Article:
Expert Warns Against Castle Syndrome When Rebranding

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FAIRFAX, Va.-Do credit unions know themselves?

According to Paul Lucas, a marketing and branding consultant for credit unions and CUSOs, the answer is no — at least not enough to know their brand.

"When credit unions decide to rebrand themselves, that is a mistake," he declared. "No. 1, when you are inside your castle you only see yourself inside your castle. The brand is the bridge across the moat."

The view across the bridge is quite different from inside the castle, Lucas continued. He said CUs need help pinpointing what their core values are, where they are going and what brand is going to take them there.

"A good brand today has a foot in the present and a foot in the future. Most credit union brands in the United States have a foot in the present and a foot in the past. Before credit unions rebrand, they need outside help deciding where they want to go."

Fast Or Slow?

In the case of rebranding branches after a merger, the choice of fast or slow execution depends on the "wherewithal of the credit union," Lucas said.

"Where does it stand financially? A billion-dollar credit union can do everything at once because it has the money. A smaller credit union might do a soft roll-out. It is different every time because it depends on several things."

In 1996, Norfolk Naval Air Station FCU in Virginia Beach, Fla. changed its name to Chartway FCU. Lucas said Chartway "changed everything in a week-signs, forms, everything. Not every credit union has that kind of cash, because that costs a lot of money. They threw thousands of dollars of forms into the trash."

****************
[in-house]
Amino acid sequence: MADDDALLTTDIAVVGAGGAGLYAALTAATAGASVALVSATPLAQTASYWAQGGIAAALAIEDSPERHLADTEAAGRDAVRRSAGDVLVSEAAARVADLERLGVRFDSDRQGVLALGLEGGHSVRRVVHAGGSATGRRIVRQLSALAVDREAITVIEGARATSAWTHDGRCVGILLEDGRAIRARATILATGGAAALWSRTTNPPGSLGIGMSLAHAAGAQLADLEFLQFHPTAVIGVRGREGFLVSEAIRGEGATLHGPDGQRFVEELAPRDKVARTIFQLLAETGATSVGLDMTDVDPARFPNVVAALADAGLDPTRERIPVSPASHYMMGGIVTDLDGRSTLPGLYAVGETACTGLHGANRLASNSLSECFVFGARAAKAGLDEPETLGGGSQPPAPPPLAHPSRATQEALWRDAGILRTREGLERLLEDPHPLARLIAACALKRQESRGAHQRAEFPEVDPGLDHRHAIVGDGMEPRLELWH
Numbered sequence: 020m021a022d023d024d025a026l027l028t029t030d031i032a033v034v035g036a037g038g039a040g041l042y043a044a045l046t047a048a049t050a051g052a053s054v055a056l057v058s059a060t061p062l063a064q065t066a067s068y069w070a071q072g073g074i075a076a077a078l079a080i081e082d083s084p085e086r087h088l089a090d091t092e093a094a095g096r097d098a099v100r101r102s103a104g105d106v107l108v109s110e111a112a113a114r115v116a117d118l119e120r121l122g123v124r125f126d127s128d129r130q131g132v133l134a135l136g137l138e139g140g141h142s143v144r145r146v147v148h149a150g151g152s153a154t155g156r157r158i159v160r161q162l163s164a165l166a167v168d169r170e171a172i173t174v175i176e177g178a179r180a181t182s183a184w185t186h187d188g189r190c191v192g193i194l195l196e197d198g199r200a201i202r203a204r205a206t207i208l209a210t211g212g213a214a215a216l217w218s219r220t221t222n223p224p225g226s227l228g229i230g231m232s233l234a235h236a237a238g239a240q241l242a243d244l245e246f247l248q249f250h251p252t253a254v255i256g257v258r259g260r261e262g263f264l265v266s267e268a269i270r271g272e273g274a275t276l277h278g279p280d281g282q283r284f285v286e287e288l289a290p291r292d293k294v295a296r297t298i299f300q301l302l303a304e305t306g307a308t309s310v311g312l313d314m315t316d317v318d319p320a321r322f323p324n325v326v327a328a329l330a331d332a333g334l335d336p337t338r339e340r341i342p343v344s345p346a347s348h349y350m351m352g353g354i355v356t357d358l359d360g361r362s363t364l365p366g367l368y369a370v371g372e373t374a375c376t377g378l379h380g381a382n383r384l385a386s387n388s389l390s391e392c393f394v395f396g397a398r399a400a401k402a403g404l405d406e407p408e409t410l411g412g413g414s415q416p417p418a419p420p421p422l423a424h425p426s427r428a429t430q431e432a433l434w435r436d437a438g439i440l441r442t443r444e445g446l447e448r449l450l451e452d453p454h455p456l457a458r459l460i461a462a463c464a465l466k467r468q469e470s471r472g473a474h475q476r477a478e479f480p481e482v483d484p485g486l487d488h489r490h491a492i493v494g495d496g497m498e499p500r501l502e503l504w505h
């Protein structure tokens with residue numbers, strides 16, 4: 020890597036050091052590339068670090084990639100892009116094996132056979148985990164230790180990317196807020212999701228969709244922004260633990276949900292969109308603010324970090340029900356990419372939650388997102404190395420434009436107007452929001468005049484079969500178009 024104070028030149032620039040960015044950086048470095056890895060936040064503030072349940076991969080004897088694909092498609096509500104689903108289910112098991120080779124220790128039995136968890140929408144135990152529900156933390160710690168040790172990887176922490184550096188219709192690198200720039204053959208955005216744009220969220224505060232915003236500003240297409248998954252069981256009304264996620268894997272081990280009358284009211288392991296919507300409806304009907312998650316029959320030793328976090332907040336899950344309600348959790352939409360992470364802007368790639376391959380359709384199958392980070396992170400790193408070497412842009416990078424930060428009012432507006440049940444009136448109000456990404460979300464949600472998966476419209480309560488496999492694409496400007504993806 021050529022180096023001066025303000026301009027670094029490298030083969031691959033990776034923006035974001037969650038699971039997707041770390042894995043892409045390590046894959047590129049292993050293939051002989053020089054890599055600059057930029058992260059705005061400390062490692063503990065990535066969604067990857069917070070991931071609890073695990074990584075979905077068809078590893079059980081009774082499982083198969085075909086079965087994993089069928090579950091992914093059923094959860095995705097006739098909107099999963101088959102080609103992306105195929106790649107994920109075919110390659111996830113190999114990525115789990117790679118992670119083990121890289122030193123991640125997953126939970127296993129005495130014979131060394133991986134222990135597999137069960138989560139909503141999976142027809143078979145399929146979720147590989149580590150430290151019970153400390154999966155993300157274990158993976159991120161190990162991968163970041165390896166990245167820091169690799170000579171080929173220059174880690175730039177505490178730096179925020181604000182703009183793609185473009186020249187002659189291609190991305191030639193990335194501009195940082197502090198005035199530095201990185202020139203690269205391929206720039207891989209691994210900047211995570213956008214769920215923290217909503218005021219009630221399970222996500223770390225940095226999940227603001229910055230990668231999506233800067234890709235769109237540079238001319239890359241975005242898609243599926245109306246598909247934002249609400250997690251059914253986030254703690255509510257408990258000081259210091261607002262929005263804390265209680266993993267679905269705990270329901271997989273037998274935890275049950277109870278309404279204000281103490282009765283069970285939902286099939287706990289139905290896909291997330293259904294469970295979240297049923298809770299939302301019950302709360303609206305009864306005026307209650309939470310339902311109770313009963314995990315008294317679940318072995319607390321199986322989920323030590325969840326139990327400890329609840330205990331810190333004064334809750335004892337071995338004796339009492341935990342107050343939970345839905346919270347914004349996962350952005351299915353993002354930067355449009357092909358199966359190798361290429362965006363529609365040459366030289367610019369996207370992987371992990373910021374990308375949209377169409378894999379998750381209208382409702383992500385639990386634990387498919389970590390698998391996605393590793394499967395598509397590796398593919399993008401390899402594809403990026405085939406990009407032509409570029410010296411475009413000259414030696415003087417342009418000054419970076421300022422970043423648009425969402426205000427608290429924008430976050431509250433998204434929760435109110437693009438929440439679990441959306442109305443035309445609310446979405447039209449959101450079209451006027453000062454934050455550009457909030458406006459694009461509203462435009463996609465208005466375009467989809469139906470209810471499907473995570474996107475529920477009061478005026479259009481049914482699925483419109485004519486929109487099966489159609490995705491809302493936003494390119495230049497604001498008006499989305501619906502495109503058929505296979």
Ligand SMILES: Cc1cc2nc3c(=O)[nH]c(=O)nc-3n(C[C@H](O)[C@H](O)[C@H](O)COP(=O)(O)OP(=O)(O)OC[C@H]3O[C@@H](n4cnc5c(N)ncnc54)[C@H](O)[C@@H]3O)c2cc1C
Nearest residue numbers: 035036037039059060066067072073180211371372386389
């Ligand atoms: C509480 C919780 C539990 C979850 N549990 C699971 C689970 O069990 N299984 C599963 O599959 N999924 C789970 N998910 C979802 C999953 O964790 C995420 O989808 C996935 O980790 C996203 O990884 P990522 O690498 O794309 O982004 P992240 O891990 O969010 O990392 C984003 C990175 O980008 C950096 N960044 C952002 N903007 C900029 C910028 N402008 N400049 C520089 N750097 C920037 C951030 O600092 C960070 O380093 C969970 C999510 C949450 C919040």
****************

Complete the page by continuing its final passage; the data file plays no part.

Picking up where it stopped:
At the other end of the spectrum is a small credit union in Pennsylvania with which Lucas recently consulted that acquired another CU. He said the acquiring credit union was in no financial position to waste anything or to throw anything away, and therefore will use every form it has before replacing them with new ones. "Rebranding can be done without throwing away all forms. The major things have to be changed: external and internal signage, marketing efforts," he said.

Why No Negative Feedback?

When FDIC FCU merged with National Science Foundation FCU to form The Partnership FCU in Fairfax, Va., it was a "good, clean merger," Lucas assessed. The reason it drew very little negative feedback from members?

"Communication is the key," he answered. "During a merger the credit union has to communicate to members very aggressively what it is doing and why. Every situation is a little bit unique, but tactically, communication is the most important thing."

The reason for the merger of FDIC FCU and NSF FCU was not credit unions that were failing, they wanted to merge together to form a partnership and in the future merge other government agency credit unions, he explained. It was "pretty simple" to come up with the name because it was a partnership, "but what made it successful was the boards agreed on everything and communication to members was up front about the reasons. Once we arrived at the name and the brand we let people know ahead of time. It was nine months in the works."

There are three basic steps CUs should take with branches acquired in a merger, Lucas advised: 1), change internal and external signage and marketing; 2) remove clutter and clean up the branch so the new brand can be featured and 3) have a promotional kickoff to get people involved. "Perhaps an open house or a radio remote, depending on the membership. For a SEG-based credit union, perhaps a loan special."

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